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Extractor plunger spring not completely seated?

Discussion in 'General Glocking' started by jvbronco, Oct 3, 2012.

  1. jvbronco


    Mar 9, 2012
    Quick question - I recently stripped my slide and noticed that the extractor plunger spring on my gen 4 G19 was not completely seated onto the plastic spring bearing (? Is that what the little plastic piece is called?).

    I have had very sporadic extraction issues with the G19 - seldom poor ejection and a fail to eject about once every 200-300 rounds.

    Could this spring not being properly seated be causing the issues? It is put back together and ready to test it out. It is difficult to diagnose due to the infrequency of the problem. I am hoping someone can chime in with some insight.

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  2. dhgeyer


    Jul 15, 2011
    OK, I'll take a crack at it. The piece you refer to is the Spring Loaded Bearing (SLB). At the other end of the assembly, pressing on the extractor is the Extractor Depressor Plunger (EDP). When the slide is assembled, and if the extractor is pulled out all the way, the EDP and the SLB make contact with each other. This limits the extractor's travel. If you look at the small end of the SLB, you will notice it is cupped. The back of the EDP has a small round end meant to mate with this. That's how it is on a new gun. Sometimes the SLB isn't quite straight and the EDP beats it up, changing the configuration of the end of the SLB.

    I will surmise that if your SLB was not seated close to fully, you would have trouble getting it back in the slide and getting the Slide Cover Plate back on. If it was not seated by just a tiny bit, then this would increase tension on the spring, which would probably be a good thing. The stock Glock extractor is pretty weakly tensioned, and there is a thriving aftermarket in stronger springs. I personally have made SLB's out of steel with longer "caps" to put more tension on the spring. As long as the total length of the SLB is correct, and the extractor can move properly, this has done no harm and possibly a bit of good.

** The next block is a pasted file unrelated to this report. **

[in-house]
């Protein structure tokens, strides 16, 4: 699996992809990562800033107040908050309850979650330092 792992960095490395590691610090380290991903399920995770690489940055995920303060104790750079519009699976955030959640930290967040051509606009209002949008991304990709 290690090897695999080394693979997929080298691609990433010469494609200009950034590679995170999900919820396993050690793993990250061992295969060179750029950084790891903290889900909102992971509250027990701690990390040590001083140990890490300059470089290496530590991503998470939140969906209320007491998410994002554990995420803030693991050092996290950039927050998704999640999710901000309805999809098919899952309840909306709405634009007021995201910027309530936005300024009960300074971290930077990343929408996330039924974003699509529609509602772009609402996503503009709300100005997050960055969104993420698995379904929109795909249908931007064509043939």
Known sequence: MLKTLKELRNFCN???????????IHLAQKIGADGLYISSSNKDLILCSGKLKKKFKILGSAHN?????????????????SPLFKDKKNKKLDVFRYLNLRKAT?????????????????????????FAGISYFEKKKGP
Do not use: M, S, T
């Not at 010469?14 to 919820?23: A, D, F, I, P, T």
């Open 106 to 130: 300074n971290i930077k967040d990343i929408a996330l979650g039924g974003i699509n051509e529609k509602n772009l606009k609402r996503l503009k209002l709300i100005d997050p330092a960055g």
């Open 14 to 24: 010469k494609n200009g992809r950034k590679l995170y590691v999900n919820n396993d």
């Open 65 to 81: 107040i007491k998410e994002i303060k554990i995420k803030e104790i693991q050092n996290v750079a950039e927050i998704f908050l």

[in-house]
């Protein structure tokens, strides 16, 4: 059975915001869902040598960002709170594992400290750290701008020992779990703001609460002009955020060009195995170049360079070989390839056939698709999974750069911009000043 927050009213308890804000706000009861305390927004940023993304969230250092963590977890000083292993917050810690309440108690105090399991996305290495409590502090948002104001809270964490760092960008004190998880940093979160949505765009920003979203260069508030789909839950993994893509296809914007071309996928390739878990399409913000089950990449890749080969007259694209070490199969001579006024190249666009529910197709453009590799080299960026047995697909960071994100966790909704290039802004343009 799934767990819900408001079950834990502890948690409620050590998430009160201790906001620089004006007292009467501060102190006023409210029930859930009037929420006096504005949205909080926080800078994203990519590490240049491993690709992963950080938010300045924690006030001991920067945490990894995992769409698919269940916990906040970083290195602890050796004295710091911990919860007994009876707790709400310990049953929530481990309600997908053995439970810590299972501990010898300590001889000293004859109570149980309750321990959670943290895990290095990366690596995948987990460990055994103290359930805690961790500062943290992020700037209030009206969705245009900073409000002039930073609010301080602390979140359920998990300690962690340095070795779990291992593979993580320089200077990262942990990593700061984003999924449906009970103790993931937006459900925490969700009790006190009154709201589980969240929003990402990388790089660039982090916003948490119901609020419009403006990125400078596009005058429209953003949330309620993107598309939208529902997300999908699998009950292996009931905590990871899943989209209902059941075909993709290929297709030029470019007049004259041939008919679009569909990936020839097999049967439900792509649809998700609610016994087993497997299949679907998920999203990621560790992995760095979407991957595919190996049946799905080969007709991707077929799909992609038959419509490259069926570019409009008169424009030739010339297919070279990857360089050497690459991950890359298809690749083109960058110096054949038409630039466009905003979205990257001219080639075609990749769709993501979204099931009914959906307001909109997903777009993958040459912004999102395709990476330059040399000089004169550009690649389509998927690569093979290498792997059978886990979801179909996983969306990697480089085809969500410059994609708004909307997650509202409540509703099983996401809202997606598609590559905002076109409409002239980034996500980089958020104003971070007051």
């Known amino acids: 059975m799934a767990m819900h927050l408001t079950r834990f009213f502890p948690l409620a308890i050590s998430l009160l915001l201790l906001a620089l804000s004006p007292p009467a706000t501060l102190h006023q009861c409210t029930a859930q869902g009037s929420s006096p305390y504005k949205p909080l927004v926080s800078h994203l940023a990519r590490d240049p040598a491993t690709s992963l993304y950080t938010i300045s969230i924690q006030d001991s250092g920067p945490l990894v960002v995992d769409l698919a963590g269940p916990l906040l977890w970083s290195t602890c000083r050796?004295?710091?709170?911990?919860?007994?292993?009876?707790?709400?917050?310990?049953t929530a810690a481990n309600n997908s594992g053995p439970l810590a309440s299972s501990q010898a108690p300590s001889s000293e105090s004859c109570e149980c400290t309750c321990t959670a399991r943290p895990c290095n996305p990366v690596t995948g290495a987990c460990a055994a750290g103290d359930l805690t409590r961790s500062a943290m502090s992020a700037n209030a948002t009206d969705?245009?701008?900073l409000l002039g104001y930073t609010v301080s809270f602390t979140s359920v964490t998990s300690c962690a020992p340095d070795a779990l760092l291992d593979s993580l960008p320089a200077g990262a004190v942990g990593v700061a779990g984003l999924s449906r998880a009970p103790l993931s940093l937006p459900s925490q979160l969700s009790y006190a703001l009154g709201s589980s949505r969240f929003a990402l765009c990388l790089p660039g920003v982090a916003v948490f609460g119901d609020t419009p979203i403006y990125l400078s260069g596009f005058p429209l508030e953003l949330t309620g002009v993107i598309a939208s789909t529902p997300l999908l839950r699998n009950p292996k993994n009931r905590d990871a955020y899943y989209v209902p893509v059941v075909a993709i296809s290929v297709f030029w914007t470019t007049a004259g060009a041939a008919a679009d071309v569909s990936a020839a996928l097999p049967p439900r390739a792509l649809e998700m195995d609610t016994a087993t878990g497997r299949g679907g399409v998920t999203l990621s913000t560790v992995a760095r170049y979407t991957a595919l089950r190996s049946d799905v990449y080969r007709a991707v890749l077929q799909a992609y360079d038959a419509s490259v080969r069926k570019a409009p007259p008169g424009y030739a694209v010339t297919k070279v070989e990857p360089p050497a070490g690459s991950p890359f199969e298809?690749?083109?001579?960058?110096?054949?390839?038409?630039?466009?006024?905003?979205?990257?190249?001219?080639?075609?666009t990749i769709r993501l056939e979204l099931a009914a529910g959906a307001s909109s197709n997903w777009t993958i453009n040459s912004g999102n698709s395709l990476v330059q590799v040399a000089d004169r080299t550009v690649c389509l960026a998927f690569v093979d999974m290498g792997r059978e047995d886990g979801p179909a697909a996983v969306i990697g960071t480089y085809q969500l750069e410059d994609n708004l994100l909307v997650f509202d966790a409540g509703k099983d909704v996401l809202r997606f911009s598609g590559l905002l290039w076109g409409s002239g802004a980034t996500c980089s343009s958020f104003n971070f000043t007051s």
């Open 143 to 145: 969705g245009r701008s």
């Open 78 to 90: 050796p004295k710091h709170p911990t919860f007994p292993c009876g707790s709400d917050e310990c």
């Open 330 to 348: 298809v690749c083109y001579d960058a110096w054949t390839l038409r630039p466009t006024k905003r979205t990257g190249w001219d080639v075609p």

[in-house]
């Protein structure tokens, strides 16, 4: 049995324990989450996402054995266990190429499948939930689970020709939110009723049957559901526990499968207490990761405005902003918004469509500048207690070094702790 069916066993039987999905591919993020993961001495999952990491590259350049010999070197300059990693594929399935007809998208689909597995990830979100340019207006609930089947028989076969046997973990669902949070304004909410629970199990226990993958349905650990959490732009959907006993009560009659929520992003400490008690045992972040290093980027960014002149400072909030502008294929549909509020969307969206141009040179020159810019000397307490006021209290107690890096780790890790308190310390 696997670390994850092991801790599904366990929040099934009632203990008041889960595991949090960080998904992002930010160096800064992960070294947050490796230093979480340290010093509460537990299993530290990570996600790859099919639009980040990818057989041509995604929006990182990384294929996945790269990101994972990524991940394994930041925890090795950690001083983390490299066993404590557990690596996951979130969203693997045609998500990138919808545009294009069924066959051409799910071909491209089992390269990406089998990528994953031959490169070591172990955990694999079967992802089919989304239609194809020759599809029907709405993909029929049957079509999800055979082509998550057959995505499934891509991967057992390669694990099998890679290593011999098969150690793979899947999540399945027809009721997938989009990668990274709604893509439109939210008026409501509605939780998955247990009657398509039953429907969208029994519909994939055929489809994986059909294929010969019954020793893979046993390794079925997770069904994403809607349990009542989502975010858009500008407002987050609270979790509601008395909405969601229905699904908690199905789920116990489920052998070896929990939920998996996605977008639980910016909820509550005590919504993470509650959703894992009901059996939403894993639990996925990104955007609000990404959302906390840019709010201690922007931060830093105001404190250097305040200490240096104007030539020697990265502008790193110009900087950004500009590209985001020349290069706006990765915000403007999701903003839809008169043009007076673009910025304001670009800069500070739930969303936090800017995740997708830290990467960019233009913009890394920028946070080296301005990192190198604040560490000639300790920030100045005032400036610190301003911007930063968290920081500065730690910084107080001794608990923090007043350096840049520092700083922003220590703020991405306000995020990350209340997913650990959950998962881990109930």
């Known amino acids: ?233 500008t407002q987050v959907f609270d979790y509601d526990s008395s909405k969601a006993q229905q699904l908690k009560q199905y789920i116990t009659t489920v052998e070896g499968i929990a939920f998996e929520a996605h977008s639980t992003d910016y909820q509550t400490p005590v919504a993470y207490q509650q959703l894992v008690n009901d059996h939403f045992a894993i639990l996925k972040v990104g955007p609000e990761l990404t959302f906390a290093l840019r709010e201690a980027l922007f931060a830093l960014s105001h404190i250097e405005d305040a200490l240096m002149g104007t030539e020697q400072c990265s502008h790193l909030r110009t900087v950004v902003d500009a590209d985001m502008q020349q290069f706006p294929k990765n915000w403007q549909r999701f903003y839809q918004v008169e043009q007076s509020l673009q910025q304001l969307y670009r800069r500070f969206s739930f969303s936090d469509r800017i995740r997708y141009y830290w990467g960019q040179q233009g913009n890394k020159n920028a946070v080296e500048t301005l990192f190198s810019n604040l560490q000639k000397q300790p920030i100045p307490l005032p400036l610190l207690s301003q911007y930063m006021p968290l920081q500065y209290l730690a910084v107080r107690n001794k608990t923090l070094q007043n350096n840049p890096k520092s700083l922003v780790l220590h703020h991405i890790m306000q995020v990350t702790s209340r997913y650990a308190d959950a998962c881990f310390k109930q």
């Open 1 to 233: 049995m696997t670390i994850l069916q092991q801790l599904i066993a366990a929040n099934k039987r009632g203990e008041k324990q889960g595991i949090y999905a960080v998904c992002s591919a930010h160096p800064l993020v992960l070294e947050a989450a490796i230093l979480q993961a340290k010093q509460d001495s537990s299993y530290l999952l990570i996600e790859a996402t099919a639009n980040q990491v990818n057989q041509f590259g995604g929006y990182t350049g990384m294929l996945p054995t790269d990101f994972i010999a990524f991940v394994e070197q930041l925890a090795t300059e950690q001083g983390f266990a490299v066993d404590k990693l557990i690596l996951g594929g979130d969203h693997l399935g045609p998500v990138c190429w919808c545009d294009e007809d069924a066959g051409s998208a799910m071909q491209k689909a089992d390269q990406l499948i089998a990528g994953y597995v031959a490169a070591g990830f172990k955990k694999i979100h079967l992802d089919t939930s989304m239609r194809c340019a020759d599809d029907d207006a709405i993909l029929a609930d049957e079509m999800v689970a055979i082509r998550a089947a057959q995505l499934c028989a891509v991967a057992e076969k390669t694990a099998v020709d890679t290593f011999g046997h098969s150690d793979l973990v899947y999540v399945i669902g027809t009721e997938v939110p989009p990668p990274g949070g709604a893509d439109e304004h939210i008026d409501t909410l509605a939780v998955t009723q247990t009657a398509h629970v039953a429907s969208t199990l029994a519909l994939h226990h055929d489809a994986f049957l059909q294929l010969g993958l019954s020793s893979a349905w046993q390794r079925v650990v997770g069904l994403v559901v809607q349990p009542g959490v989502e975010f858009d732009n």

So, to summarize, I am not sure your SLB was not seated properly when in the slide. It may have moved as you removed it. If it was not seated by any appreciable amount you would have trouble getting it in.

    At any rate, I doubt that any possible lack of seating of the spring on the SLB would cause sporadic problems like you describe. More likely what you are having is normal Glock Gen 4 performance. If you follow some of these threads around here, you will pick up that you are far from alone. Glock has gone through 3 different recoil spring assemblies, and two ejectors on the Gen 4 G19's, and some people are still having trouble.

    I know the latest RSA is marked 0-4-3. The old ejector was 336 or something, and I forget the new number, but someone will chime in I am sure. You might want to check and see if you have the latest parts.

    Hope this rambling helps.
    Last edited: Oct 3, 2012

  3. voyager4520

    voyager4520 -----

    Apr 25, 2009
    SE Colorado
    Sometimes the EDP spring will come unseated from the EDP or the SLB when the slide cover plate is removed. It's happening when the slide cover plate is slid down and the spring releases its tension, you can be sure that when the plate is in place the spring is fully seated to both parts.

    I would bet the erratic ejection and failures to eject you experienced were caused by a different problem. If your ejector is marked "336", I would upgrade to the latest "30274", and if you continue to experience erratic ejection with the new ejector, keep that ejector in the gun and try a replacement 9mm LCI extractor.

    My Gen3 G27 ejected erratically, a "Gen4" 28926 .40 ejector and a replacement extractor fixed it. The replacement extractor alone made next to no difference, the new ejector is what fixed it.

    It would appear that sometimes erratic ejection is caused by an out-of-spec extractor because replacing it fixes the problem. But with recent production Glocks the problem more commonly seems to be something else, with my Gen3 G27 I believe the slide was not cut correctly, causing the extractor to not firmly hold the rim of the casing. If that's the case, the only way to improve ejection would be to make a custom-fit extractor which no company currently does and wouldn't be cost-effective anyway, or reprofile the ejector. The new 30274 and 28926 ejectors have a rearward tilt to their face which raises the case mouth of the spent casing higher so that it better clears the ejection port.

    If your Gen4 G19 has the old 336 ejector, you can order a Gen4 9mm trigger housing that contains the 30274 ejector and drop it right into your frame to replace the old trigger housing w/ 336 ejector.,, and all have Gen4 9mm trigger housings with the 30274 ejector, other retailers may have old stock that still has the old 336 ejector.
    Last edited: Oct 4, 2012
  4. jvbronco


    Mar 9, 2012
    Thanks for the great info!

    I'm taking it out today - my fingers are crossed for reliable performance.

    Unfortunately, I do have the recent parts (ejector and spring). I'm back ordered for the Apex Glock extractor. That kit comes with a stronger spring too so I really have my hopes up...

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